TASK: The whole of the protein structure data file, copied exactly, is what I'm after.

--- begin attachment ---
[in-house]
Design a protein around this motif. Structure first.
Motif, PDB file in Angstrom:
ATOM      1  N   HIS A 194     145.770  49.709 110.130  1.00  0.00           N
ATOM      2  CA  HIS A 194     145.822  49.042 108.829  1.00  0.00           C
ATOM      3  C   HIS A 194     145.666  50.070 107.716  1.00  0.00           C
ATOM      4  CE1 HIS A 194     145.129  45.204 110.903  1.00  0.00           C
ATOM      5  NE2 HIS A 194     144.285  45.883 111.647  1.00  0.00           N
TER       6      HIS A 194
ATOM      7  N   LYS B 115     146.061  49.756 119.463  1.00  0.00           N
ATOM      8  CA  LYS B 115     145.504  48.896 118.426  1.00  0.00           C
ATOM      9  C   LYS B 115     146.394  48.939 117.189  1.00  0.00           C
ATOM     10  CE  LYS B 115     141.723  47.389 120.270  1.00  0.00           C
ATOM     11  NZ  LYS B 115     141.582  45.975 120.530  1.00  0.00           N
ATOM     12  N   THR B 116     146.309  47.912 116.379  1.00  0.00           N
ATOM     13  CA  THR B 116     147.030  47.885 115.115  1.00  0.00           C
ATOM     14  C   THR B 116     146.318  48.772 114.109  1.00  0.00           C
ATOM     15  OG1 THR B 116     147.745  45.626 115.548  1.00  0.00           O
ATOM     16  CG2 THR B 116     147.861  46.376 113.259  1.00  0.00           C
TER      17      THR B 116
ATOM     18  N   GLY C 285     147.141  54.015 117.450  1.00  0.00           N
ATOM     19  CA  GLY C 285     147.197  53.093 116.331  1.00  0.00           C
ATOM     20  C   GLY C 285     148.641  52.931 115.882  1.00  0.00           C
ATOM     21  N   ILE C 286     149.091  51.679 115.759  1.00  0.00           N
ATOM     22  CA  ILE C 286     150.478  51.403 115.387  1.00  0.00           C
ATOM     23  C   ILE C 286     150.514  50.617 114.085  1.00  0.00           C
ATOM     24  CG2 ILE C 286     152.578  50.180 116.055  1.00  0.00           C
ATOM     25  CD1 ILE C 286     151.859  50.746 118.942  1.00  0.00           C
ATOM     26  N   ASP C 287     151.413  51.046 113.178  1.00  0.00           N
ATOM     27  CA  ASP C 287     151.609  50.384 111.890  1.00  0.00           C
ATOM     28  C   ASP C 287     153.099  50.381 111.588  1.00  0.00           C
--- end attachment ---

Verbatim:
[in-house]
Design a protein around this motif. Structure first.
Motif, PDB file in Angstrom:
ATOM      1  N   HIS A 194     145.770  49.709 110.130  1.00  0.00           N
ATOM      2  CA  HIS A 194     145.822  49.042 108.829  1.00  0.00           C
ATOM      3  C   HIS A 194     145.666  50.070 107.716  1.00  0.00           C
ATOM      4  CE1 HIS A 194     145.129  45.204 110.903  1.00  0.00           C
ATOM      5  NE2 HIS A 194     144.285  45.883 111.647  1.00  0.00           N
TER       6      HIS A 194
ATOM      7  N   LYS B 115     146.061  49.756 119.463  1.00  0.00           N
ATOM      8  CA  LYS B 115     145.504  48.896 118.426  1.00  0.00           C
ATOM      9  C   LYS B 115     146.394  48.939 117.189  1.00  0.00           C
ATOM     10  CE  LYS B 115     141.723  47.389 120.270  1.00  0.00           C
ATOM     11  NZ  LYS B 115     141.582  45.975 120.530  1.00  0.00           N
ATOM     12  N   THR B 116     146.309  47.912 116.379  1.00  0.00           N
ATOM     13  CA  THR B 116     147.030  47.885 115.115  1.00  0.00           C
ATOM     14  C   THR B 116     146.318  48.772 114.109  1.00  0.00           C
ATOM     15  OG1 THR B 116     147.745  45.626 115.548  1.00  0.00           O
ATOM     16  CG2 THR B 116     147.861  46.376 113.259  1.00  0.00           C
TER      17      THR B 116
ATOM     18  N   GLY C 285     147.141  54.015 117.450  1.00  0.00           N
ATOM     19  CA  GLY C 285     147.197  53.093 116.331  1.00  0.00           C
ATOM     20  C   GLY C 285     148.641  52.931 115.882  1.00  0.00           C
ATOM     21  N   ILE C 286     149.091  51.679 115.759  1.00  0.00           N
ATOM     22  CA  ILE C 286     150.478  51.403 115.387  1.00  0.00           C
ATOM     23  C   ILE C 286     150.514  50.617 114.085  1.00  0.00           C
ATOM     24  CG2 ILE C 286     152.578  50.180 116.055  1.00  0.00           C
ATOM     25  CD1 ILE C 286     151.859  50.746 118.942  1.00  0.00           C
ATOM     26  N   ASP C 287     151.413  51.046 113.178  1.00  0.00           N
ATOM     27  CA  ASP C 287     151.609  50.384 111.890  1.00  0.00           C
ATOM     28  C   ASP C 287     153.099  50.381 111.588  1.00  0.00           C